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Moby Dink




 
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Moby Dink was one of my first projects. I built and used the prototype for a few years before selling it to a man who uses it to tend his farm pond. If I were to do this one again I wouldn't change the hull at all but would try the small lateen that I put on Tween. Indeed, Tween is pretty much a redesign of Moby with the idea of giving it a V entry on the bow for better action in chop, and the lateen sail for simpler set up. But the gaff sail was instructive. The photo shown above is of Dean Raffaelli's Moby up in Chicago. One thing I noticed was that the gaff takes a while to set up because it has so many lines. Perhaps it is not a good choice for a trailer or cartopper because of that reason. But the payoff is that all those lines give you great control of the sail shape. You can tweak the thing in any direction to adjust for any wind condition. Also I think I became convinced that the mast stiffness of a gaffer is critical for sail control in a stiff wind. If the mast bends aft, as it will in strong winds, the gaff sags off, the sails leach bellies out and she is no longer close winded. But if the mast is stout and the skipper can play all the lines properly, the gaff sail can be quite effective.

Here are the Moby words from the catalog:

Moby Dink was designed to be a very easy, inexpensive beginner's project and, at the same time, to be a dinghy for a rich man's yacht. Fitted with a trolling motor, she would make an excellent pond fishing boat.

She is 7'6" long, 3'10" wide, and weighs 63 pounds empty. She'll easily float 370 pounds.

Moby Dink's construction is of the old fashioned nailed-together type, and anyone who has built a shoe box in high school shop can handle it. All panel shapes and bevels are defined in the drawings. The sides are cut to shape, bent around the center frame, and the end transoms are nailed in place. The wales and chines are installed and the bottom is fitted and trimmed like a pie crust and nailed in place. There is no lofting required and no construction jig need be built. Two sheets of 1/4" plywood will make all her plywood parts, including the sail rig parts. A pattern for sewing your own sail is also given on the plans. The prototype required 60 hours labor and $160 to build including building the sail rig. The sail rig absorbs about half the cost and labor of almost any sailing project, large or small.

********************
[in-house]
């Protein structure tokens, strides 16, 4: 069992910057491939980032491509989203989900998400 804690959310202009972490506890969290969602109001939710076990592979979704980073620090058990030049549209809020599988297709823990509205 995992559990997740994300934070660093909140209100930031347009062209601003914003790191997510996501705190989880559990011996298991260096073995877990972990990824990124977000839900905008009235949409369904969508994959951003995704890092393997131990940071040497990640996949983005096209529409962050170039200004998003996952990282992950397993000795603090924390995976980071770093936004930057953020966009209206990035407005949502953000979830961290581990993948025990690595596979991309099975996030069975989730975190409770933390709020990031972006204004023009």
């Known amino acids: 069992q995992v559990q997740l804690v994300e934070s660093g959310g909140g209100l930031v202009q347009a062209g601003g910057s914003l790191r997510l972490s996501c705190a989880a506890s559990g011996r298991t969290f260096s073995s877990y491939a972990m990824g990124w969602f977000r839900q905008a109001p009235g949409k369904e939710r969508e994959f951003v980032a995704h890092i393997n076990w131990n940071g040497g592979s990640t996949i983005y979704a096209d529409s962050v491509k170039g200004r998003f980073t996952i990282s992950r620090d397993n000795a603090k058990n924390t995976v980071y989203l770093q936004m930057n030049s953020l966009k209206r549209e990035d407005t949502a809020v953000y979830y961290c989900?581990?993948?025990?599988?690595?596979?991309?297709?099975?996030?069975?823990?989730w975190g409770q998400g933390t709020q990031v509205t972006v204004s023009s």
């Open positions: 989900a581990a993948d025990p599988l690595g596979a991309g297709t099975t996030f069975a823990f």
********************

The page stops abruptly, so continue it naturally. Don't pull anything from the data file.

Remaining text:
Moby Dink's sail rig is a genuine gaff, stepped up front out of the way. Her sail area is modest and she is handy in a good breeze. (Keep her in protected water, please.) She will tack in one second. Moby has a pivoting leeboard and rudder which will allow sailing her right up to a beach. Serious yachters might also use her as a tender. The 6-1/2 foot oars are detailed on the plans.